Recently, Professor Zhucheng Chen’s group at the School of Life Science reports the crystal structure of human ALC1 (amplification in liver cancer 1，also known as CHD1L：chromodomain helicase/ATPase DNA binding protein 1-like) and the cryo-EM structure bound to the nucleosome. In combination with biochemical analyses, their findings shed light on the regulation mechanisms of the enzyme, paving the way for drug discovery targeting ALC1 for the treatment of cancer.
In eukaryotes, the genomic DNA is wrapped around histones to form nucleosomes, which are further assembled into chromatin. Package of the chromatin within the nucleus blocks access to the DNA. Chromatin remodelers alter the positions and compositions of nucleosomes, regulating the chromatin structure and various nuclear transactions. Tight control of the activity of remodeling enzymes ensures the proper chromatin landscape and cellular functions. ALC1, a member of the Snf2 superfamily ATPases, contains two RecA-like ATPase domains (lobe 1 and lobe 2) and a C-terminal macro domain (Fig a). ALC1 relaxes chromatin and plays an important role in the poly (ADP-ribose) polymerase 1 (PARP1)-mediated DNA repair pathway. Upon DNA damage, PARP1 is activated and catalyzes the synthesis of poly (ADP-ribose) (PAR) chains on itself and on many other proteins. The PAR chains bind to the macro domain of ALC1, releasing the autoinhibition of ALC1 and targeting the remodeler to the sites of DNA damage, where ALC1 slides the nucleosome and opens the chromatin.
ALC1 is amplified in over 50% of the cases of hepatocellular carcinoma (HCC). The oncogenic functions of ALC1 are widely demonstrated both in vitro and in vivo. High level of ALC1 expression significantly reduces the postoperative survival rate of HCC patients. All of these indicate that ALC1 is an attractive target for cancer treatments. Despite the importance in DNA repair and clinical implication, the structure of ALC1 and its regulation mechanisms remain unclear.
It is a challenge to determine the structure of ALC1, as it is notoriously flexible. In 2017, two studies reported the possible structure models of ALC1, using the methods of hydrogen-deuterium exchange (HDX), mutagenesis, small-angle x-ray scattering (SAXS) and cross-linking mass-spectrometry (XL-MS). In order to stabilize the conformation of ALC1, Chen’s group screened a yeast-display library and obtained single chain antibodies (scFvs: single-chain antibody fragments/ single-chain variable fragments) directed against ALC1, which finally led to crystals diffracting to 3.5 Å (Fig b).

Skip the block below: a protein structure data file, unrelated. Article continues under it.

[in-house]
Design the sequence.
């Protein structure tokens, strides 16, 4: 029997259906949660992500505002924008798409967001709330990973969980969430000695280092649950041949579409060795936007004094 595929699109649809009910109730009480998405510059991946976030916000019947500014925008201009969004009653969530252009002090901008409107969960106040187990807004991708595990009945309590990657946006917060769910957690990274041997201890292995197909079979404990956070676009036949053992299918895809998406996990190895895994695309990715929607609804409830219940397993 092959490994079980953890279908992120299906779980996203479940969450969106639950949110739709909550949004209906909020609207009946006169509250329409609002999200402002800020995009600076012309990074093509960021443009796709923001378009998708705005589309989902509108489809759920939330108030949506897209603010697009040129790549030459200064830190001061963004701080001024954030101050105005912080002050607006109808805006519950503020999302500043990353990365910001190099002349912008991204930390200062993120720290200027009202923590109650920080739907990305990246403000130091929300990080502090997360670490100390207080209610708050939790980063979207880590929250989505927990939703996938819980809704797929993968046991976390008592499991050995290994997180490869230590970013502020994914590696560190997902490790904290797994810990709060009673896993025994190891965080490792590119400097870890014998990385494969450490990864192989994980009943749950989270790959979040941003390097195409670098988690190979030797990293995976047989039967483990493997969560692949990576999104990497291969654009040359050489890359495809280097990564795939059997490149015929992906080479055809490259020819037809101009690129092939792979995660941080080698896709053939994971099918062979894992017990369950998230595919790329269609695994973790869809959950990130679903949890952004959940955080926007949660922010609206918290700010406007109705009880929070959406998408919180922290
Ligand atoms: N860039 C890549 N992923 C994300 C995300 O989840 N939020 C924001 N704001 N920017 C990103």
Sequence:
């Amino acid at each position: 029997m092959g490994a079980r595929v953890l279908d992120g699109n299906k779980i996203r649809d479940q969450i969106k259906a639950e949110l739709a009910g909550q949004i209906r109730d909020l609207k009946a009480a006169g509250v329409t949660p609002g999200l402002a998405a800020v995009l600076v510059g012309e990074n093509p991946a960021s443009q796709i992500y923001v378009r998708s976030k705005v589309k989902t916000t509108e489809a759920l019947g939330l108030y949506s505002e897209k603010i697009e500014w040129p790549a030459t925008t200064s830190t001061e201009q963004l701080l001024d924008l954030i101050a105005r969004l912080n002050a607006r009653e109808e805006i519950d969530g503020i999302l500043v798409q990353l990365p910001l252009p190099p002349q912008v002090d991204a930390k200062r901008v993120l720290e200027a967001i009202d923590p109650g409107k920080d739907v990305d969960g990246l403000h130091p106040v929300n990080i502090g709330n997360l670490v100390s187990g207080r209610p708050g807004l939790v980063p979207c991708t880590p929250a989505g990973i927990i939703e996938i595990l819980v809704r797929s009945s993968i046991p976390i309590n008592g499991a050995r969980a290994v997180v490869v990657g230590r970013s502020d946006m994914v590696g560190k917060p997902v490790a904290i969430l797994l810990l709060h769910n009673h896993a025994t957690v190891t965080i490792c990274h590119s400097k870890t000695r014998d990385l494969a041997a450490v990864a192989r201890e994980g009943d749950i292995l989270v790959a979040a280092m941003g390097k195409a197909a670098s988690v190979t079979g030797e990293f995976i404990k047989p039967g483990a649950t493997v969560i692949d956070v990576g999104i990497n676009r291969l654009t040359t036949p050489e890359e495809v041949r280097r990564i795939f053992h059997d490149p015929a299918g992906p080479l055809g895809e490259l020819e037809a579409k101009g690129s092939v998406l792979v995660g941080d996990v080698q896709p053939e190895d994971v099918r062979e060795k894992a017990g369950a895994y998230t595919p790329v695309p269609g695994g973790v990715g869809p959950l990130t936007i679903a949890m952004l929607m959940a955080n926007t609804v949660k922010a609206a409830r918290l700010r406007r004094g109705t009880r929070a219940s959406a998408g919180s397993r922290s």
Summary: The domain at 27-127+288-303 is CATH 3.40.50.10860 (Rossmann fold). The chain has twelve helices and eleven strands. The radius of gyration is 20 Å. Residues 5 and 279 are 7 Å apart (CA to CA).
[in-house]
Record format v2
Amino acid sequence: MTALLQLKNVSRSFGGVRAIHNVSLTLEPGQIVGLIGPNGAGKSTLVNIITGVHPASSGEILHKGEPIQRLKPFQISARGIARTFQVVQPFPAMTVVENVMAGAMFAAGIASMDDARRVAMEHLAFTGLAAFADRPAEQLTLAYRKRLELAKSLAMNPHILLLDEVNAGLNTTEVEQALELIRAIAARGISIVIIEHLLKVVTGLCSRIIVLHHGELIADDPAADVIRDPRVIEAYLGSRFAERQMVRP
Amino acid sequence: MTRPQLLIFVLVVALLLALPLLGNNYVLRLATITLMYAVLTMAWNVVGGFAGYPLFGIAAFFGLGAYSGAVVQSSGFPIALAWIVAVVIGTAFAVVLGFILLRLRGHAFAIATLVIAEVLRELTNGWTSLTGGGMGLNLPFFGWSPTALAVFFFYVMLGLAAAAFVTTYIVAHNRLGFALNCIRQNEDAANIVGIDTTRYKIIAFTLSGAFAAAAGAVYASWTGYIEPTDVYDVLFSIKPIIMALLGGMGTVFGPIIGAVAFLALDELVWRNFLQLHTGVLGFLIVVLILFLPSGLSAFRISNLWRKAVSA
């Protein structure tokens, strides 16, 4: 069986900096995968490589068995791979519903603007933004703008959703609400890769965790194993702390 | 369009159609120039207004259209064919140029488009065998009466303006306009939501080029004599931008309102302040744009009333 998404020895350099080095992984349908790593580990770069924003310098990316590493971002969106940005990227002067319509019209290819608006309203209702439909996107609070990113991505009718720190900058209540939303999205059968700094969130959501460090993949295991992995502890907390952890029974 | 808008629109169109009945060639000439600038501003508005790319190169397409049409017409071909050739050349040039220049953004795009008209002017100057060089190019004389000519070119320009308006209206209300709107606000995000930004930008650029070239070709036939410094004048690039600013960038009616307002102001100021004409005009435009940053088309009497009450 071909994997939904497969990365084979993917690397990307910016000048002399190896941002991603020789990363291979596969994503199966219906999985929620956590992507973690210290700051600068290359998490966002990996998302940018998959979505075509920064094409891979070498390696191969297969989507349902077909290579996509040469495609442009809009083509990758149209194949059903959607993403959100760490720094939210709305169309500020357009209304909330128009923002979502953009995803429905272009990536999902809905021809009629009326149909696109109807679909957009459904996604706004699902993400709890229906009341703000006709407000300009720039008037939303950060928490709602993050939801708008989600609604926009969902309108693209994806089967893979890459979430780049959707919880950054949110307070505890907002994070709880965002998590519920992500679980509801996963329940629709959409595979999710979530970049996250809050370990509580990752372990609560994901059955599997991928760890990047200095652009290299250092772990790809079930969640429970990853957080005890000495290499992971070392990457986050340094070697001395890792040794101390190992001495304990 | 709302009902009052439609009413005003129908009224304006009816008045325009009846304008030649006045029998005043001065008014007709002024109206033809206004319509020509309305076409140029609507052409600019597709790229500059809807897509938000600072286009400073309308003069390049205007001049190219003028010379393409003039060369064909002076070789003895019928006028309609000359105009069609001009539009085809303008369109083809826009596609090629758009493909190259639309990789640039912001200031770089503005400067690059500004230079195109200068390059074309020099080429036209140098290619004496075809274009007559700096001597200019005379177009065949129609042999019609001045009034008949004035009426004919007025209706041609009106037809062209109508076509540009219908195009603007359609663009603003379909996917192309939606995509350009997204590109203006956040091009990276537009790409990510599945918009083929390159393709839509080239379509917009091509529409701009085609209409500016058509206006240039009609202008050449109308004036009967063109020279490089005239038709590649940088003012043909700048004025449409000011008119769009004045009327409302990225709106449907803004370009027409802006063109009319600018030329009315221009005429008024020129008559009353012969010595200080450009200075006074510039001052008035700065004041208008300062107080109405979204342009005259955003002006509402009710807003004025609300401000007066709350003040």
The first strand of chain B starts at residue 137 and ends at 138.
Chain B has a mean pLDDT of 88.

The crystal and the cryo-EM structures of ALC1
a. Domain architecture of ALC1
b. Two different views of the crystal structure of ALC1 in the autoinhibited state
c. The view of the macro-lobe 2 interaction
d. Top view of the cryoEM structure of the ALC1-nucleosome complex
e. Structure of the linker region of ALC1 bound to the acidic patch of the nucleosome
f. Dysregulation of ALC1 by mutations found in cancer patients
The structure shows that lobes 1 and 2 of ALC1 have little direct interaction, suggesting a large degree of conformational plasticity and explaining the difficulty of crystallizing ALC1 in the absence of the antibody. The macro domain interacts with lobe 2 and sequesters two elements important for nucleosome recognition (Fig c), which provides the structural basis of ALC1 autoinhibition. To gain insights into ALC1 activation by the nucleosome, they determined the cryo-EM structure of ALC1 bound to the nucleosome (Fig d). Notably, in addition to the interactions with DNA and the H4 tail of the nucleosome, ALC1 binds to the H2A-H2B acidic patch of the nucleosome (Fig e). The cancer-related mutations were found to dysregulate ALC1 by diverse mechanisms (Fig f). The structures and regulation mechanisms of ALC1 revealed in this study pave the way for the future discovery of drugs that target ALC1 in cancer treatments.
This work was published on Nature Communications, with the title of “Structural basis of ALC1/CHD1L autoinhibition and the mechanism of activation by the nucleosome”. It is an important part of the work by Chen's group on chromatin remodeling. Li Wang and Kangjing Chen, 2017 PhD students of the School of Life Science, Tsinghua University, are co-first authors of the paper and Professor Zhucheng Chen is the corresponding author. This work was supported by the National Natural Science Foundation of China, National Key Research and Development Program, Advanced Innovation Center for Structural Biology and Tsinghua-Peking Joint Center for Life Sciences. The Tsinghua University Branch of the China National Center for Protein Sciences Beijing provided facility and the staff at beamline BL17U of Shanghai Synchrotron Radiation Facility helped with diffraction data collection.